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10 Windows 8 tips, tricks and hacks

Preston Gralla | Feb. 1, 2013
Starting to get comfortable with Windows 8? Don't stop now: From invoking 'God Mode' to hacking the lock screen, here are 10 ways to make Windows 8 act the way you want.

8. Use (and tweak) the All Apps screen

One of the most disconcerting things about Windows 8's dual interface is that it's difficult to see in one place all the apps you can run -- both Windows 8 Store apps and Desktop applications. You can find the Windows 8 Store apps on the Start screen, but all of your Desktop apps don't necessarily appear there. And because there's no longer a Start button on the Desktop, you can't find all of your Desktop apps there, either.

However, there's a way to see all of them in one place: Go to the All Apps screen. To get there, on the Start screen either right-click an empty space or press the Windows key + Z. That opens the App bar across the bottom of the screen. There's only one thing you can do on the bar: click the "All apps" button at the right.

That displays the All Apps screen, which, as the name implies, shows you all the apps on your system. On the left you'll find all the Windows 8 Store apps, and to the right, the Desktop apps. Click any to run it.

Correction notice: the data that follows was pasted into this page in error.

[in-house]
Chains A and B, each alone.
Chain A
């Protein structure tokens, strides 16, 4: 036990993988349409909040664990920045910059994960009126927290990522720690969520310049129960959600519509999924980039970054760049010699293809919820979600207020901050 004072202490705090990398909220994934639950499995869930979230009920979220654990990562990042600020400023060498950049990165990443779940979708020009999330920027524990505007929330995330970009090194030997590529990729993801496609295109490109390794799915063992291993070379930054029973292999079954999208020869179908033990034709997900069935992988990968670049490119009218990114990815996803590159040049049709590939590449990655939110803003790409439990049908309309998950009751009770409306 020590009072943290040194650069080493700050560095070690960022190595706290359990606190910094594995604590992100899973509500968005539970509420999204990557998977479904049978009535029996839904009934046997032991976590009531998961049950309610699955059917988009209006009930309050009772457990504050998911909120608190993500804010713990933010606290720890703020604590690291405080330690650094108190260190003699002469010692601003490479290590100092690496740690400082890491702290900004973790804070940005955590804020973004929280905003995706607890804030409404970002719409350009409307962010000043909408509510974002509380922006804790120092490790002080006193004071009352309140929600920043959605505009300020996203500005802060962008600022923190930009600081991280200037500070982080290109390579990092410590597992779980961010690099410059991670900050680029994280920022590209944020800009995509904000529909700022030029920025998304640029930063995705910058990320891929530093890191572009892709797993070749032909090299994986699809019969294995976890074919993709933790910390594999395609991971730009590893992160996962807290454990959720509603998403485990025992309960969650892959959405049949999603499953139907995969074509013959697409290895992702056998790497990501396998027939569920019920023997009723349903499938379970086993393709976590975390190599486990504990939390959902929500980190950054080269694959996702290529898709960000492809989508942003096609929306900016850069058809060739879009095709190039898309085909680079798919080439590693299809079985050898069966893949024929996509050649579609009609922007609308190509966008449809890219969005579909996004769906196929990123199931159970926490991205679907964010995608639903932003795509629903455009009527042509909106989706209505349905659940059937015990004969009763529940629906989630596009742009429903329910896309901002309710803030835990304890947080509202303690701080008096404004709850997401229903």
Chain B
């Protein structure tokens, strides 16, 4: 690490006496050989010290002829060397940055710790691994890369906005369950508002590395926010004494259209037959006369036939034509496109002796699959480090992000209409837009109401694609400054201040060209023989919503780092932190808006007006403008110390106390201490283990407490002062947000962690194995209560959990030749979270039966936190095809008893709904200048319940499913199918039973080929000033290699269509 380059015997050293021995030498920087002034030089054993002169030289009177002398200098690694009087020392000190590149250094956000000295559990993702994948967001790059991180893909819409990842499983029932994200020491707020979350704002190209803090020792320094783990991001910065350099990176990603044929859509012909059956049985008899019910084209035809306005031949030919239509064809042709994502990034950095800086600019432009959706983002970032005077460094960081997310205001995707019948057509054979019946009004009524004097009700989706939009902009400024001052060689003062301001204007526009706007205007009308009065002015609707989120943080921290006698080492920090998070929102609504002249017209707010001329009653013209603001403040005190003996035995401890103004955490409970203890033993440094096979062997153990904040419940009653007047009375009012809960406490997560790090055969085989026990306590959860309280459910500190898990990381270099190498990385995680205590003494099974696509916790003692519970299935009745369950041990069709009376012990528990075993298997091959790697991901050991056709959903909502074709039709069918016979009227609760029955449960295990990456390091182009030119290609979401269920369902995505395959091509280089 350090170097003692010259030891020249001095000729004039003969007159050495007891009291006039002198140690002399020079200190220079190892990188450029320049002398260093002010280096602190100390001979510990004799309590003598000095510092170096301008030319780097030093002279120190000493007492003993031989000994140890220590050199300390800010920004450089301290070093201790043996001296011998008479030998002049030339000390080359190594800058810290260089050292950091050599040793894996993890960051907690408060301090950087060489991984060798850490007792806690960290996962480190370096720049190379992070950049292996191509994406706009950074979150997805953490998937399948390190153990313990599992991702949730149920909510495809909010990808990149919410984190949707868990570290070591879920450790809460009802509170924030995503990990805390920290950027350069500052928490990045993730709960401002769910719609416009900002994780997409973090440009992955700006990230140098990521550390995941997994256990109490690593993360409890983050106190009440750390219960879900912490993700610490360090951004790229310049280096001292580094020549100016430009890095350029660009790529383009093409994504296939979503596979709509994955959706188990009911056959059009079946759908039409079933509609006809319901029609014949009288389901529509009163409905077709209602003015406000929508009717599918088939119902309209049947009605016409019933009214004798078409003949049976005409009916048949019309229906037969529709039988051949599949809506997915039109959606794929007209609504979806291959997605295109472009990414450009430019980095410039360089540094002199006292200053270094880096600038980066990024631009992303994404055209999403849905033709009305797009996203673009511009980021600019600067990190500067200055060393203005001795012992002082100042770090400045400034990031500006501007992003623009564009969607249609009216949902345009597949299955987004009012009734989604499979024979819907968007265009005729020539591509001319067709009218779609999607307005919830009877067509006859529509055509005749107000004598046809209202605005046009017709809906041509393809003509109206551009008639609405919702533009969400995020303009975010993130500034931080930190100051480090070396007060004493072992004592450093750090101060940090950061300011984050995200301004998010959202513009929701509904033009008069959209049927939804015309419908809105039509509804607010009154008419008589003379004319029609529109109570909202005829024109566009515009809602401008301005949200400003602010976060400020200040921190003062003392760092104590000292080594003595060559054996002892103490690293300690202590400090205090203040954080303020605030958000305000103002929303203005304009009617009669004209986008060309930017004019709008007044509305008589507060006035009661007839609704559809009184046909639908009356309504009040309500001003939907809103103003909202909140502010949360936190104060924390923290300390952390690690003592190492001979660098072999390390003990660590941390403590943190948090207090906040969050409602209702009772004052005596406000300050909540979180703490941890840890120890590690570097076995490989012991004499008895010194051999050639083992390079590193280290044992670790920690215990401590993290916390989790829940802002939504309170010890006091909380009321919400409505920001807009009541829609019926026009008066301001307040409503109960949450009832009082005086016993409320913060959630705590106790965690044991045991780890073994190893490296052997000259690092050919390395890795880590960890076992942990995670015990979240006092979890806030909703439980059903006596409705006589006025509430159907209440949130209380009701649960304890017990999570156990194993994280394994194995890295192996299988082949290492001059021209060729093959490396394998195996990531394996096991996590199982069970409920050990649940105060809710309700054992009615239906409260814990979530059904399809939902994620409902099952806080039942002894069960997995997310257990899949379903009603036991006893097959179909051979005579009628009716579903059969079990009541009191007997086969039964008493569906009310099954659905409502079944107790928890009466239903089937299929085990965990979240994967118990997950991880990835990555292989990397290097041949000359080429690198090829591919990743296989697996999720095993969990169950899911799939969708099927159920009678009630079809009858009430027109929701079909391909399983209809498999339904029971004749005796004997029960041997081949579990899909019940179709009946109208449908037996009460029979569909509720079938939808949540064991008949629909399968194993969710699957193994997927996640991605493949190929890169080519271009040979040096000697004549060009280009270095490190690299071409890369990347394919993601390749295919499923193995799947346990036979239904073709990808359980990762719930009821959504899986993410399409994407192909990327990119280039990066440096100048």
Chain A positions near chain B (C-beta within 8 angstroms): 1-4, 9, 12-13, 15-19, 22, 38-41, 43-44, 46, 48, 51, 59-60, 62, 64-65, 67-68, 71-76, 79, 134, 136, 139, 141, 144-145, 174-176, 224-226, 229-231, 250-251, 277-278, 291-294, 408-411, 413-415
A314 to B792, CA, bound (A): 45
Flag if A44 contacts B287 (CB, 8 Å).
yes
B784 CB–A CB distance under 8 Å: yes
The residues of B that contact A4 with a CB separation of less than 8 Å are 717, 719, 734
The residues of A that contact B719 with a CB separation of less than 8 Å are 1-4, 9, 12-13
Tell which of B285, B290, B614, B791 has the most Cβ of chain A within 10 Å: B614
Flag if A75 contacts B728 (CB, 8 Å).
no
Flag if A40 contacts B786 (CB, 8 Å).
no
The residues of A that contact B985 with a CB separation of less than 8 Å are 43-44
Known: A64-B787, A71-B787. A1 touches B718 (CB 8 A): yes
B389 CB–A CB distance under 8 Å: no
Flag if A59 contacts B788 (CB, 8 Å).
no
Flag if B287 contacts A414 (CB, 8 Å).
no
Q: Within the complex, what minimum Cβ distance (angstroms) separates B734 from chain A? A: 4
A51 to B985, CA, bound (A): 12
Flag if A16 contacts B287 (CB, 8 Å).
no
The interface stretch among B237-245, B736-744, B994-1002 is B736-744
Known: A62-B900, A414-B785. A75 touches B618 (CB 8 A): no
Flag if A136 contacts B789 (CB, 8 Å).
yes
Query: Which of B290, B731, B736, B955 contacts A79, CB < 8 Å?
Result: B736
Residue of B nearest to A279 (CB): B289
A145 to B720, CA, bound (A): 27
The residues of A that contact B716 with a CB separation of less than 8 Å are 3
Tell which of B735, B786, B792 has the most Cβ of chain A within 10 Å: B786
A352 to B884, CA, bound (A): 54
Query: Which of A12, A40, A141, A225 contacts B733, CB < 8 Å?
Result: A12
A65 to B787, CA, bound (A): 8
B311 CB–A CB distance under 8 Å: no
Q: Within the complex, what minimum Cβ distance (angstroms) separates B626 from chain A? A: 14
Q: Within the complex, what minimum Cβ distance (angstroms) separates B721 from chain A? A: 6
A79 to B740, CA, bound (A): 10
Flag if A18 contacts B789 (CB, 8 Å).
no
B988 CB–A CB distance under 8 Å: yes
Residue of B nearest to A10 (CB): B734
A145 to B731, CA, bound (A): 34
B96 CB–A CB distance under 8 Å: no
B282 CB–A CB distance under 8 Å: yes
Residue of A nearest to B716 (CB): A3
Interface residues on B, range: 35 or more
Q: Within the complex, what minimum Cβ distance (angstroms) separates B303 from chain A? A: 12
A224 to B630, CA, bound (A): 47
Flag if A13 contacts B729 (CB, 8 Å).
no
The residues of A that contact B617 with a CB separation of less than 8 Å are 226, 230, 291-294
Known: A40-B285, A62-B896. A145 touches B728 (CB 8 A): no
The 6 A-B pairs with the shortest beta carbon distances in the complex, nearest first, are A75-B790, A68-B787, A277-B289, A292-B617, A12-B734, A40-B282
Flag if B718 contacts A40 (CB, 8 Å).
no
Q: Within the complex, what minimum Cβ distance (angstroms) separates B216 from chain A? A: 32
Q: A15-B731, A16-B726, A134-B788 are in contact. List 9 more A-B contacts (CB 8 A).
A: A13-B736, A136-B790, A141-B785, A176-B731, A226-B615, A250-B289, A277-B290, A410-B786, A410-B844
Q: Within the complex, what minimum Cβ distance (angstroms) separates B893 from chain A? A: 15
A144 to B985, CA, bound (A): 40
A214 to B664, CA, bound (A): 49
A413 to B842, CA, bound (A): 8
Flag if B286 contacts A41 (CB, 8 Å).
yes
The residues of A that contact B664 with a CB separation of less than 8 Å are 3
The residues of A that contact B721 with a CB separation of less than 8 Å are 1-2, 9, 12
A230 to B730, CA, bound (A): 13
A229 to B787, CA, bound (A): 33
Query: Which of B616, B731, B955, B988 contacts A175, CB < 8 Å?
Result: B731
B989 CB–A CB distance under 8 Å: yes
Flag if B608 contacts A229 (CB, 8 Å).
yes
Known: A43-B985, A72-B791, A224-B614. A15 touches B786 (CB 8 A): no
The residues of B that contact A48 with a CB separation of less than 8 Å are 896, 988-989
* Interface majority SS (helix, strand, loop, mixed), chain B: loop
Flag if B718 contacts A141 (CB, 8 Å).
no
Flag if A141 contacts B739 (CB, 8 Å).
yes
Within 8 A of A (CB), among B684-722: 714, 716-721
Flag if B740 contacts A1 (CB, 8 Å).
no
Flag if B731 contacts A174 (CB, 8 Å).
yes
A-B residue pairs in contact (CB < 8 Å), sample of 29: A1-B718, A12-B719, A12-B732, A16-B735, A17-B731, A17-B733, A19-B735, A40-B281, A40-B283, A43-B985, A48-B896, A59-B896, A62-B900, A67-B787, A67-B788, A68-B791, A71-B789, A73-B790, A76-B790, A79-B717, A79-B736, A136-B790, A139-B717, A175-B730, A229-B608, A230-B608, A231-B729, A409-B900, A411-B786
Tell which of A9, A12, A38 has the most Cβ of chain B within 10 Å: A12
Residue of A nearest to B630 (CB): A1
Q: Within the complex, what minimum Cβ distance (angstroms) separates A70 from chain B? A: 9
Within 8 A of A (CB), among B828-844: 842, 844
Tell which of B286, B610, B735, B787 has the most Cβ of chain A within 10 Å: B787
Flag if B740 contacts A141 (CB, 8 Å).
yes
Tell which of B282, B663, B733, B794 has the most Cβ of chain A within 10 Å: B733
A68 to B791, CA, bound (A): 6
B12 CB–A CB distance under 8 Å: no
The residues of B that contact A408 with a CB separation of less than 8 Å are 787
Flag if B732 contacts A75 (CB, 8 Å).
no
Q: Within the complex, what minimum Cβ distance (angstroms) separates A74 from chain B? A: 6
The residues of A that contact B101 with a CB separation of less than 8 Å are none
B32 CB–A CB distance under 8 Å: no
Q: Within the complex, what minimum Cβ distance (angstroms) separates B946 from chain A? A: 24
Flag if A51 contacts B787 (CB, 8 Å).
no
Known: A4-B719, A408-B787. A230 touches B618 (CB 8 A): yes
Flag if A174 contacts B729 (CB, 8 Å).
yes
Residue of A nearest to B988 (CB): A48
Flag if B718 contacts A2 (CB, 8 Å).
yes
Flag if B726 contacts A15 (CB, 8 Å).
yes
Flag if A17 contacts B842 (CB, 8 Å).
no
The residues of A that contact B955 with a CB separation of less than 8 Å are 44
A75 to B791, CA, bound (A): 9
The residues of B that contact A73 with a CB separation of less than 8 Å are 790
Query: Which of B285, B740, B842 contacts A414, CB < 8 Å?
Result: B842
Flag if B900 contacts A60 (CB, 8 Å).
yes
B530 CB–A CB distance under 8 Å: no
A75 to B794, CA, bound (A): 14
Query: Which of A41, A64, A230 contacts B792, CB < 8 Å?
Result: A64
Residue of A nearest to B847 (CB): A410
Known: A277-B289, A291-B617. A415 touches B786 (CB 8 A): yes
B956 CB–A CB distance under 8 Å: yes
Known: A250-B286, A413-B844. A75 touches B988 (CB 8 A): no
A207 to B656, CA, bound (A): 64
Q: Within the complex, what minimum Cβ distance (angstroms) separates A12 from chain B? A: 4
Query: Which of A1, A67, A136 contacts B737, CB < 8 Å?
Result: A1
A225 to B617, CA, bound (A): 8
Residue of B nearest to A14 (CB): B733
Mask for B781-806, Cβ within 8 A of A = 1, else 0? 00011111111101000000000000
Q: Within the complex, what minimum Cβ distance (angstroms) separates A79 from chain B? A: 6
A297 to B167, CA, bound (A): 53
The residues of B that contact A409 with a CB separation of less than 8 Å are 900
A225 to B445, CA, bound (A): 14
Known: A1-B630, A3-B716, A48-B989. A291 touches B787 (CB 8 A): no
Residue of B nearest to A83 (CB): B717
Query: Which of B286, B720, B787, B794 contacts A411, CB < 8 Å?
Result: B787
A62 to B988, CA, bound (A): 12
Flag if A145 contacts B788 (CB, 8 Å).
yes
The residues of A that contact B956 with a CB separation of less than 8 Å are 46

The Windows 8 All Apps screen. Click to view larger image.

The Desktop apps on the right-hand side are organized into groups -- Windows Accessories, Windows Ease of Access, Windows System, and so on. If you've installed software, those apps might be in their own groups as well. But you can rearrange the apps in these groups if you like. Here's what you need to know.

The organization of the Desktop apps on the All Apps screen mimics the structure of two hidden Windows folders:

C:\ProgramData\Microsoft\Windows\Start Menu\Programs

and

C:\Users\username\AppData\Roaming\Microsoft\Windows\Start Menu\Programs

where username is your Windows 8 account name. The first folder has all the apps that all users of the system will see, while the second has those that show up for an individual user.

Any subfolder in those folders shows up as a group -- such as Windows Accessories -- on the All Apps screen. And all the shortcuts in those folders show up as apps inside the groups on this screen -- for example, Calculator and Character Map. To change the organization of Desktop groups and apps on the All Apps screen, you only need to change the folder and shortcut structure in those two folders.

First, make sure you can view hidden files in File Explorer, as outlined earlier in the story. Then go into those folders, and add any folders that you want to show up as groups on the All Apps screen. In those folders, add shortcuts to any apps you want to show up as part of those groups. Delete any folders and shortcuts that you don't want to appear. That's all it takes. The changes will be reflected on the All Apps screen.

 

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